Choate Apologizes for Sexual Abuse


Private school Choate Rosemary Hall, in Wallingford, CT, has uncovered sexual abuse by 12 faculty members. According to a report commissioned by the board of trustees, abuse going back to the 1960s was mishandled:

"Sexual misconduct matters were handled internally and quietly. Even when a teacher was terminated or resigned in the middle of the school year because he or she had engaged in sexual misconduct with a student, the rest of the faculty was told little and sometimes nothing about the teacher's departure and, when told, was cautioned to say nothing about the situation if asked."

Some faculty were given recommendations to transfer to other schools.

In a "Message to the Choate Rosemary Hall Community," posted on the website, the board chair and headmaster review the facts, thank the victims for coming forward, apologize, and promise action. The school hired Rape, Abuse & Incest National Network (RAINN) to review its policies and make recommendations. One conclusion in the letter follows:

RAINN has noted the strength of Choate's current confidentiality, amnesty, retaliation, and mandatory reporting policies; progressive training and education for students; and faculty and staff who are caring, empathetic, and supportive while preventing and responding to sexual misconduct on campus. Their recommendations call for continued codification of policies and procedures for reporting and investigating incidents, further review and refinement of adjudication processes, and additional training for faculty and staff who respond to incidents of sexual misconduct. We believe a commitment to constantly improving standards will provide more understanding and protection for our students.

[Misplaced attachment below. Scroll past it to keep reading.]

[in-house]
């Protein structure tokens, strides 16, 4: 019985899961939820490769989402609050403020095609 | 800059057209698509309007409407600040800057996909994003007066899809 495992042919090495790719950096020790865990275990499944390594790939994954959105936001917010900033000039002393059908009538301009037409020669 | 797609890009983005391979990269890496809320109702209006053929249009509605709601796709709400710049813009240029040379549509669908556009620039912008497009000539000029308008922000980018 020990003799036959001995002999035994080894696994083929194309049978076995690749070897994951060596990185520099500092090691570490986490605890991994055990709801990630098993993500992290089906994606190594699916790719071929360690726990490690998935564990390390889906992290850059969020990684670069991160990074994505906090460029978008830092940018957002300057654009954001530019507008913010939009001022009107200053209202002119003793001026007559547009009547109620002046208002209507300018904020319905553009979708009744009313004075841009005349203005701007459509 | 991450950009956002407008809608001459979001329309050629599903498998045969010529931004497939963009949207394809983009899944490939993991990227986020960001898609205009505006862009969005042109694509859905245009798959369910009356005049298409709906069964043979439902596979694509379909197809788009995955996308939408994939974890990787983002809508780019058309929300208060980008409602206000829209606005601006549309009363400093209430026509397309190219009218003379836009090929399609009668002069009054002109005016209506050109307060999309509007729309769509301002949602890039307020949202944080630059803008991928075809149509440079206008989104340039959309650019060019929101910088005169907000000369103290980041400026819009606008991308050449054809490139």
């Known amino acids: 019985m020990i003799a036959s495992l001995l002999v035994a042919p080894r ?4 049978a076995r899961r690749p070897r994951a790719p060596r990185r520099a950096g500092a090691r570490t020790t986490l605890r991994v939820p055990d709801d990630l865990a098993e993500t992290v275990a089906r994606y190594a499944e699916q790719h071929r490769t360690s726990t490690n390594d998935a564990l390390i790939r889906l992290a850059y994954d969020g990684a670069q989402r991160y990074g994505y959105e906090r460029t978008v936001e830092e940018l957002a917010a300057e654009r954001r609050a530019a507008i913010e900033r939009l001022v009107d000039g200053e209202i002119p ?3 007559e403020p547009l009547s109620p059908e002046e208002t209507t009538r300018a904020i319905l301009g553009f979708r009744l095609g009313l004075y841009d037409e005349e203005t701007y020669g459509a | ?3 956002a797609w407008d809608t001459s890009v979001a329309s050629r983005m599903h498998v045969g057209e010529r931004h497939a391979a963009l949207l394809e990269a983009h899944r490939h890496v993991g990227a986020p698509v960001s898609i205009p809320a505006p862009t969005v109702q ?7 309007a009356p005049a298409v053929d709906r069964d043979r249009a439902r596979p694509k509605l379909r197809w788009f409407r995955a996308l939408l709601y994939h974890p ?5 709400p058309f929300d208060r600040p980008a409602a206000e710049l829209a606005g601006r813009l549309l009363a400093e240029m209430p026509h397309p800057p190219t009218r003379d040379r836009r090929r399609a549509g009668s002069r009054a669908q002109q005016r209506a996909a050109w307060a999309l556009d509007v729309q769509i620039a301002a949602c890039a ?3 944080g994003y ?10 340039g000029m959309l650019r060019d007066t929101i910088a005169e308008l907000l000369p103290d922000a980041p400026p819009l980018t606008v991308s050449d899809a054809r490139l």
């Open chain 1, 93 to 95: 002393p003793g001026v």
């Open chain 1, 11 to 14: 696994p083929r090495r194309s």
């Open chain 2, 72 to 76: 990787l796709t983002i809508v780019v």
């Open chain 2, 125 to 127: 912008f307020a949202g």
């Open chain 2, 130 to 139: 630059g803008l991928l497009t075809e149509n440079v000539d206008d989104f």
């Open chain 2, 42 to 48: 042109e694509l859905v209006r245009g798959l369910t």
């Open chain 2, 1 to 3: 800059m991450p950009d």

• I'm skeptical reading the excerpt above. So, your policies are great? You just need to follow them? And of course, you need to do training, which everyone seems to say in these situation. Read the entire letter and form your own opinion. Am I too harsh?
  • Should Choate have this letter prominently on its website? I followed a link from The New York Times, but I don't see any reference to the statement. What are the arguments for and against posted something, say, on the home page?